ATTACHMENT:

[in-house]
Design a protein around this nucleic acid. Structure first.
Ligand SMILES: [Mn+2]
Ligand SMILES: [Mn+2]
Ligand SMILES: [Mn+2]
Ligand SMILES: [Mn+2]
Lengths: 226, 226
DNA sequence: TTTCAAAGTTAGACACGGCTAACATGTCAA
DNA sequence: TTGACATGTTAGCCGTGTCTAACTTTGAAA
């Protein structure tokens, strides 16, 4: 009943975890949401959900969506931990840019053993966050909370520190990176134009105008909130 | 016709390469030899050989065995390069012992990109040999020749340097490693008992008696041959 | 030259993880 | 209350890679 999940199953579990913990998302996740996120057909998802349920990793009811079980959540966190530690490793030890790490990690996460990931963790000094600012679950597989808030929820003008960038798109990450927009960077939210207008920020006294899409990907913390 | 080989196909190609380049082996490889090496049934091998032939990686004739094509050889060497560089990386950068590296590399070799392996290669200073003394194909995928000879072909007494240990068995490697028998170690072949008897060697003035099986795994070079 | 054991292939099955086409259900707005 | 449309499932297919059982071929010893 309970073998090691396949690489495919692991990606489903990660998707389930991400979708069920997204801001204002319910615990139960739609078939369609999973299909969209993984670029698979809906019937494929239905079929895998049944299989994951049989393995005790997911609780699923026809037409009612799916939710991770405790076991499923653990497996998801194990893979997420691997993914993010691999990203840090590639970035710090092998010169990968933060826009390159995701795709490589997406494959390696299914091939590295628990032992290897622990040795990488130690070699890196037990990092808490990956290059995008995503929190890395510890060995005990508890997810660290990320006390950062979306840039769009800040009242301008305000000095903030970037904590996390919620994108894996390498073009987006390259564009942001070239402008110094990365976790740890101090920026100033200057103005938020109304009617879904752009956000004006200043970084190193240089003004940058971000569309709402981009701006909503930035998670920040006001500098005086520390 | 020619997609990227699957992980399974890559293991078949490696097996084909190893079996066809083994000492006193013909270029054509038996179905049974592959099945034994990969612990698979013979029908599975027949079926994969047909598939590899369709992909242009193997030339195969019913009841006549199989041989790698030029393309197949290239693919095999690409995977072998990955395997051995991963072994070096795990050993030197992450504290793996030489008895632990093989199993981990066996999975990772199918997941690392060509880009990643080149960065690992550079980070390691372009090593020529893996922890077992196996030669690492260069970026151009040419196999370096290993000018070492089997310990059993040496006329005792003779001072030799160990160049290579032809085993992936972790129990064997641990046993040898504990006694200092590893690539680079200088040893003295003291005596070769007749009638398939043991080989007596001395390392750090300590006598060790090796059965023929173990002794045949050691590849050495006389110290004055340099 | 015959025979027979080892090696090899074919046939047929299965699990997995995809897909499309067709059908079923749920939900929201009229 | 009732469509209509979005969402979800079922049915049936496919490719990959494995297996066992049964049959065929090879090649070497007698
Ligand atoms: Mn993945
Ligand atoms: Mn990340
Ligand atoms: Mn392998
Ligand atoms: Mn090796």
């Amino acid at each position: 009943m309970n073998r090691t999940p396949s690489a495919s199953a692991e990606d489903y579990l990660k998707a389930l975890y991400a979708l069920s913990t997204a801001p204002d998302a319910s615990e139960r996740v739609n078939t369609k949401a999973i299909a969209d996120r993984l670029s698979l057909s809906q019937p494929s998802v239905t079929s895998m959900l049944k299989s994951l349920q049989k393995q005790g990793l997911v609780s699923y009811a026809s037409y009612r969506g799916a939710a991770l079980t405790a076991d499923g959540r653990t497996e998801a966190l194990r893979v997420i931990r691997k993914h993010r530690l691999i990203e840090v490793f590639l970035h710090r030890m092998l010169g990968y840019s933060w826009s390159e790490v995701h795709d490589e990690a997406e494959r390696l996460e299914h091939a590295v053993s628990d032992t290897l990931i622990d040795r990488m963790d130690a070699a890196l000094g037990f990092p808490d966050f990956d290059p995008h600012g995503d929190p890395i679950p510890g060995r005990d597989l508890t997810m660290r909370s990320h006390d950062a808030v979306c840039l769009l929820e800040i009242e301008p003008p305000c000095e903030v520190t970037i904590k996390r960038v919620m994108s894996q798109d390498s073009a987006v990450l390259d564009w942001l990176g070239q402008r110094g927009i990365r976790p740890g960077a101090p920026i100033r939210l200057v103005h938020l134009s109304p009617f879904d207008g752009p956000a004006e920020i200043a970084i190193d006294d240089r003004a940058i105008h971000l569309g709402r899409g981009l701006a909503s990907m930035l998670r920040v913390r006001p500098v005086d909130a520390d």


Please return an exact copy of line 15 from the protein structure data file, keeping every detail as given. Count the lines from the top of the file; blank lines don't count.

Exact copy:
């Amino acid at each position: 009943m309970n073998r090691t999940p396949s690489a495919s199953a692991e990606d489903y579990l990660k998707a389930l975890y991400a979708l069920s913990t997204a801001p204002d998302a319910s615990e139960r996740v739609n078939t369609k949401a999973i299909a969209d996120r993984l670029s698979l057909s809906q019937p494929s998802v239905t079929s895998m959900l049944k299989s994951l349920q049989k393995q005790g990793l997911v609780s699923y009811a026809s037409y009612r969506g799916a939710a991770l079980t405790a076991d499923g959540r653990t497996e998801a966190l194990r893979v997420i931990r691997k993914h993010r530690l691999i990203e840090v490793f590639l970035h710090r030890m092998l010169g990968y840019s933060w826009s390159e790490v995701h795709d490589e990690a997406e494959r390696l996460e299914h091939a590295v053993s628990d032992t290897l990931i622990d040795r990488m963790d130690a070699a890196l000094g037990f990092p808490d966050f990956d290059p995008h600012g995503d929190p890395i679950p510890g060995r005990d597989l508890t997810m660290r909370s990320h006390d950062a808030v979306c840039l769009l929820e800040i009242e301008p003008p305000c000095e903030v520190t970037i904590k996390r960038v919620m994108s894996q798109d390498s073009a987006v990450l390259d564009w942001l990176g070239q402008r110094g927009i990365r976790p740890g960077a101090p920026i100033r939210l200057v103005h938020l134009s109304p009617f879904d207008g752009p956000a004006e920020i200043a970084i190193d006294d240089r003004a940058i105008h971000l569309g709402r899409g981009l701006a909503s990907m930035l998670r920040v913390r006001p500098v005086d909130a520390d």